Author Topic: Object, class in a class diagram  (Read 1756 times)

JEff Russell

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Object, class in a class diagram
« on: April 11, 2003, 11:39:36 am »
Probably a simple question:
What differentiates an "object" and a "class" in EA's class diagram toolbox? Why isn't an "object" some sort of stereotype?
What kinds of relationships might be used with an "object"?

Super-duper-newbie,
JEff

fwoolz

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Re: Object, class in a class diagram
« Reply #1 on: April 11, 2003, 12:06:22 pm »
Hello Jeff,

Well, objects are class instances, and are shown in UML differently than classes.  Unless you're creating "ad hoc" objects on a diagram without an underlying class definition, IMHO it's better to drag and drop an already defined class (with Auto Instance turned on) onto a diagram to create an object.  However, it's also possible to drag an object from the pallette onto a diagram, give it a name, then set its classifier (maybe at a later time) to refer to an existing class.

Objects support basically the same relationships as classes.

Hope this helps...

Cheers,
Fred Woolsey
Fred Woolsey
Interfleet Technology Inc.

Always be ready to laugh at yourself; that way, you beat everyone else to the punch.


JEff Russell

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Re: Object, class in a class diagram
« Reply #2 on: April 11, 2003, 01:16:48 pm »
Fred,
Thanks for the comments. I guess I should be using classes, as I am looking to create an "ad hoc" class diagram. I am applying the ideas from Rosenberg's "Use Case Driven Object Modeling...". He suggests a high-level domain analysis before starting Use Cases, to sort out the domain vocabulary. I would think this leads to a rather abstract description of the objects in the problem domain (which might or might not resemble the "real" set of classes used in the system).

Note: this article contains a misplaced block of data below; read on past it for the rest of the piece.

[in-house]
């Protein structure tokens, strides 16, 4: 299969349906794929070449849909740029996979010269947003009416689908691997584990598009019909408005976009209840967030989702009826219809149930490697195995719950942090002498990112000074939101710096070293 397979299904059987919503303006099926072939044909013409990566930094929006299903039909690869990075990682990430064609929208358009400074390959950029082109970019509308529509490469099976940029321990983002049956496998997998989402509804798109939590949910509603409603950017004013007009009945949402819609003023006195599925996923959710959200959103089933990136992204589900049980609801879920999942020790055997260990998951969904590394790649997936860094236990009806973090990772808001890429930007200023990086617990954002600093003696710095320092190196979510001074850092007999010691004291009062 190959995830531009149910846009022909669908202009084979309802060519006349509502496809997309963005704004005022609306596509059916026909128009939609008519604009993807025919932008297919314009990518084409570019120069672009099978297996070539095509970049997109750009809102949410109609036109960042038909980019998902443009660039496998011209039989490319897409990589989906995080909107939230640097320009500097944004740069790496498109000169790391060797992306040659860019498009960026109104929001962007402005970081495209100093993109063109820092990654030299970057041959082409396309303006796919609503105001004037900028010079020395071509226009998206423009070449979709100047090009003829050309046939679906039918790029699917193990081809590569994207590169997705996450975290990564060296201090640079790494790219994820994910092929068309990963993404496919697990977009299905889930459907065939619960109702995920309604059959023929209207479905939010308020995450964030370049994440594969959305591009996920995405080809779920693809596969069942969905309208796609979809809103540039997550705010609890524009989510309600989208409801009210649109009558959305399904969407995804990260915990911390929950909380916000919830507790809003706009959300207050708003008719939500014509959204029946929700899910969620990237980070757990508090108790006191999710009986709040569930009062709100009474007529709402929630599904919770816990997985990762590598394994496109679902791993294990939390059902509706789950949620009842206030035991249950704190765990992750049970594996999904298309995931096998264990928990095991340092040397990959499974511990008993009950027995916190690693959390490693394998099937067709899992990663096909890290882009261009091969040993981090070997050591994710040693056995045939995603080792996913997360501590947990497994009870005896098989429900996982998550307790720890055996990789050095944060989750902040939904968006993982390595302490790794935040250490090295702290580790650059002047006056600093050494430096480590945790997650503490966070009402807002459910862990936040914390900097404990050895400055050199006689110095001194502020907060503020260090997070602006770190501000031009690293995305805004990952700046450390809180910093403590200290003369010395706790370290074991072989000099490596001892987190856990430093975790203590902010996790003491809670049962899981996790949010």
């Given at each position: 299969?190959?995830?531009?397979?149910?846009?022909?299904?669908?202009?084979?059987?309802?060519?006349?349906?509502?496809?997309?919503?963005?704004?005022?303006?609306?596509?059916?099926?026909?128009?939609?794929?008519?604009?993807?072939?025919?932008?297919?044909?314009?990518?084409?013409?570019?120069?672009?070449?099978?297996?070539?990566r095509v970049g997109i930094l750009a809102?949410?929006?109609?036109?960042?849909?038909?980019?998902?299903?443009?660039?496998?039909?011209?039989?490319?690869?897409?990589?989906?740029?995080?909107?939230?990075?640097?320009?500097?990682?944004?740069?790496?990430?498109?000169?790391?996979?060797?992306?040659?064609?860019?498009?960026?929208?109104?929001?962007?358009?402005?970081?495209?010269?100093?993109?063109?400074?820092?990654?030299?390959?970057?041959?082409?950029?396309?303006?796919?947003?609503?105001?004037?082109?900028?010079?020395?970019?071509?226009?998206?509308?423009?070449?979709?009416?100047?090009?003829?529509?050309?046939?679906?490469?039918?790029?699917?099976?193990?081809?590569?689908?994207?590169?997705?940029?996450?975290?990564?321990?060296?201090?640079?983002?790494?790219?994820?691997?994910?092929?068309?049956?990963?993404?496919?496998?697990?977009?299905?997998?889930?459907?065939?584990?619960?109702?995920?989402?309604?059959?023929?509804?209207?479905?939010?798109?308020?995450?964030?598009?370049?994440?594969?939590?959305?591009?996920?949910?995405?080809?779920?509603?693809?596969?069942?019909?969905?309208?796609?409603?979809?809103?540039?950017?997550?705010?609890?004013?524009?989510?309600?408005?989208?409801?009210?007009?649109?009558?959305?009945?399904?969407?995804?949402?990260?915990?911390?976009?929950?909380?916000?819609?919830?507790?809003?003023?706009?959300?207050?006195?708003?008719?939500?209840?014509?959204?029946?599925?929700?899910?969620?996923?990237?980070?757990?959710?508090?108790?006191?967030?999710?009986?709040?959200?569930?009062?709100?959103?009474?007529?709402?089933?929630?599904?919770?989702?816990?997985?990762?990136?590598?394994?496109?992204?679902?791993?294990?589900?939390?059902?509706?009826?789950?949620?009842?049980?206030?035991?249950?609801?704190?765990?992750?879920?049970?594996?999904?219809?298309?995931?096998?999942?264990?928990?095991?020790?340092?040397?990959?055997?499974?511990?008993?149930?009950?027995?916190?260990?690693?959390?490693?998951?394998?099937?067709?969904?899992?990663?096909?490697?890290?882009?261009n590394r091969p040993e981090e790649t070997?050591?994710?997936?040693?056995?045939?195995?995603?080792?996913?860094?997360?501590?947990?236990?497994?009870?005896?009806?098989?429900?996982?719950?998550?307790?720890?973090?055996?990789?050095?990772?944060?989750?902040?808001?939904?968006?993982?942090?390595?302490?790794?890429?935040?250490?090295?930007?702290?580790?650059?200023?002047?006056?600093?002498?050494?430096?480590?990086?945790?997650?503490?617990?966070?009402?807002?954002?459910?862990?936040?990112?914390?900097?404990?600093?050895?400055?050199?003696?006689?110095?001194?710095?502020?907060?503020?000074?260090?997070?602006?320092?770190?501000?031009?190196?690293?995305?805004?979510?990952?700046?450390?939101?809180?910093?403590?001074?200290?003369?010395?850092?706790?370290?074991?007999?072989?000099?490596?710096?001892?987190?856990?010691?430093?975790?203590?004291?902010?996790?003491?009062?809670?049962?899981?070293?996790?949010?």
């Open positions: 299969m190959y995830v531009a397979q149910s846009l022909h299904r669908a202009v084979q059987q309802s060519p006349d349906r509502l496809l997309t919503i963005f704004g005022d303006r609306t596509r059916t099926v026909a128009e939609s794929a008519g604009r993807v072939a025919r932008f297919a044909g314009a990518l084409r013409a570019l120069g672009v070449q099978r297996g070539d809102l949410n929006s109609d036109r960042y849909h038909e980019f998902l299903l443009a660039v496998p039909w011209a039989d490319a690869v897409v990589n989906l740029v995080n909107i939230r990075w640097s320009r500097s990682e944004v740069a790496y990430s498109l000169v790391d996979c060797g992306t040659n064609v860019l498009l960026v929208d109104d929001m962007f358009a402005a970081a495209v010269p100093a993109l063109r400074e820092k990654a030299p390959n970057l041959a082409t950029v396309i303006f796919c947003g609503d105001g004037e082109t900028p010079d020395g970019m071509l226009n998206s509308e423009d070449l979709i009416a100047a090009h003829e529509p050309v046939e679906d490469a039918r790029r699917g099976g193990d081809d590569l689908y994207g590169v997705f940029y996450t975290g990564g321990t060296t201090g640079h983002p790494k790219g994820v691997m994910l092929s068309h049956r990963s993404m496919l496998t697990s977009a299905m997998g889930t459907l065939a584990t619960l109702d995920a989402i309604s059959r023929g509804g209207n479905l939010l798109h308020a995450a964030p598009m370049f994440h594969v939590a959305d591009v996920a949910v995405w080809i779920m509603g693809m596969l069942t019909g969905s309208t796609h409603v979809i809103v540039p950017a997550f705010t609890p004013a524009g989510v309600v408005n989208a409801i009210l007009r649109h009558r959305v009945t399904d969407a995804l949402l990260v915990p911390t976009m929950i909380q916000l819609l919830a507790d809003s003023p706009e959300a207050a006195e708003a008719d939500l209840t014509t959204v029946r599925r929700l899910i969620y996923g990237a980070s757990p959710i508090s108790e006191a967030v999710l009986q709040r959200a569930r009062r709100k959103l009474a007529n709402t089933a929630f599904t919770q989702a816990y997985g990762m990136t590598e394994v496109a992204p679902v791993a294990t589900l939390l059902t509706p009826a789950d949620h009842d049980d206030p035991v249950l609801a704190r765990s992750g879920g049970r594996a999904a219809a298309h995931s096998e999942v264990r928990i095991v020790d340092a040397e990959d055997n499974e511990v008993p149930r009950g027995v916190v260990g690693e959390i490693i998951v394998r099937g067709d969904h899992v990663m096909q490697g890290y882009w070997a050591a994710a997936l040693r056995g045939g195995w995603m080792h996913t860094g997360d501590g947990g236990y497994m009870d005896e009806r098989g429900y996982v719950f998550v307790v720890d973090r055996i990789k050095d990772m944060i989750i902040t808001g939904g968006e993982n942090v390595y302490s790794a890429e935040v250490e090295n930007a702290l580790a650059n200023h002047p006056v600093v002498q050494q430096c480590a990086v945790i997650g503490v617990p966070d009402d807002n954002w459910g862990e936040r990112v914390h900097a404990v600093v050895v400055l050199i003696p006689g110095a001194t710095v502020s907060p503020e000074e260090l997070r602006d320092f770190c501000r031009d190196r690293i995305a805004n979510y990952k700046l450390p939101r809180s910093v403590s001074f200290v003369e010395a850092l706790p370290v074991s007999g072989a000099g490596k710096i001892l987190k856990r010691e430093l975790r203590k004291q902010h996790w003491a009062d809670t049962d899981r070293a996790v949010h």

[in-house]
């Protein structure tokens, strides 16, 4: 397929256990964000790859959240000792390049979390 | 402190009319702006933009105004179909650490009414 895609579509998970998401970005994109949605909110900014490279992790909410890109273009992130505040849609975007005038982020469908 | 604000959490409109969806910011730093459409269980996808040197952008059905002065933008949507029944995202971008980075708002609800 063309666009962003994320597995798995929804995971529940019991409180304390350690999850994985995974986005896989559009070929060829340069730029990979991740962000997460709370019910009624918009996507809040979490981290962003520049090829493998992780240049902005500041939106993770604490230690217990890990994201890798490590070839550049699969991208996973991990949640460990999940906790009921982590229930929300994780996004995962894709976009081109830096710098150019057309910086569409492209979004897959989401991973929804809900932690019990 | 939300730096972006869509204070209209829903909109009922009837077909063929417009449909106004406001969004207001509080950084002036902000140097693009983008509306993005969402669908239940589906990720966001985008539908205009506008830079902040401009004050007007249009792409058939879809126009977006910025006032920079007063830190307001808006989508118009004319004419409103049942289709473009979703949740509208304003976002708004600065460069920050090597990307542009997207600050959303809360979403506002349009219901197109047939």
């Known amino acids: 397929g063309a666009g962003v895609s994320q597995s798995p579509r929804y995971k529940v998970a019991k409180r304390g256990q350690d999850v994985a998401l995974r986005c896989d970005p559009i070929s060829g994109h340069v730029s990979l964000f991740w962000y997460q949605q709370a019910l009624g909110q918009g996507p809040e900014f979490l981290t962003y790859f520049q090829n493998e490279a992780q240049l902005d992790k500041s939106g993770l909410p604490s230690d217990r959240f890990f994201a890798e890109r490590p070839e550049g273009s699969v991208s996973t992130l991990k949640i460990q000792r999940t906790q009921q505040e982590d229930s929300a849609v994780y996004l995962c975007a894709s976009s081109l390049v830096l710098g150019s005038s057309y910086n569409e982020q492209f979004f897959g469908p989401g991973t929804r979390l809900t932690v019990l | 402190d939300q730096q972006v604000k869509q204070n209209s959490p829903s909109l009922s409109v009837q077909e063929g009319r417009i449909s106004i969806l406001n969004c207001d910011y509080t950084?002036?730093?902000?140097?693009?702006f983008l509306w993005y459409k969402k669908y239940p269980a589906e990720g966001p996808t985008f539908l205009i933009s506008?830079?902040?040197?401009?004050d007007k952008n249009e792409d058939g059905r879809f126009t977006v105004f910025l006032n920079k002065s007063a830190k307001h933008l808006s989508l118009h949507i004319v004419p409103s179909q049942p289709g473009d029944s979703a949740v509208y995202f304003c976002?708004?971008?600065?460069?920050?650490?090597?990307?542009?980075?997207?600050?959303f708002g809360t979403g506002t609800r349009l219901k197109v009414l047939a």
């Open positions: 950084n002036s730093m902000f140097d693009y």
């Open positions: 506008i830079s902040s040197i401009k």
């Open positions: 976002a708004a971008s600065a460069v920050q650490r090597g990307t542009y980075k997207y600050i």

The real confusion started because EA objected to setting an inheritance relationship between objects.  I had interpreted generalization relationships between problem domain objects to be something slightly different than the inheritance relationship between classes, since inheritance is just one way to implement generalization.  
(Do you buy that last point?)

JEff
JEff

fwoolz

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Re: Object, class in a class diagram
« Reply #3 on: April 11, 2003, 06:52:30 pm »
Hi Jeff,

Lessee... UML 1.5 spec shows no examples of inheritance in object relationships... however, a dependency relationship and a stereotype could be used to make the inheritance relationship clear.  Certainly, if classes are linked with an inheritance relationship, the methods of the base class are inherited by object instances of the derived class; these can be "invoked" in collaboration diagrams.  But at the high-level, abstract view you're describing, I would think "ad hoc" objects and associations (directed or otherwise) would suffice, since relationships such as inheritance should, again IMHO, be left until the object vocabulary has been defined.

Cheers,
Fred Woolsey
Fred Woolsey
Interfleet Technology Inc.

Always be ready to laugh at yourself; that way, you beat everyone else to the punch.


mbc

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Re: Object, class in a class diagram
« Reply #4 on: April 15, 2003, 02:29:33 am »
Hi Jeff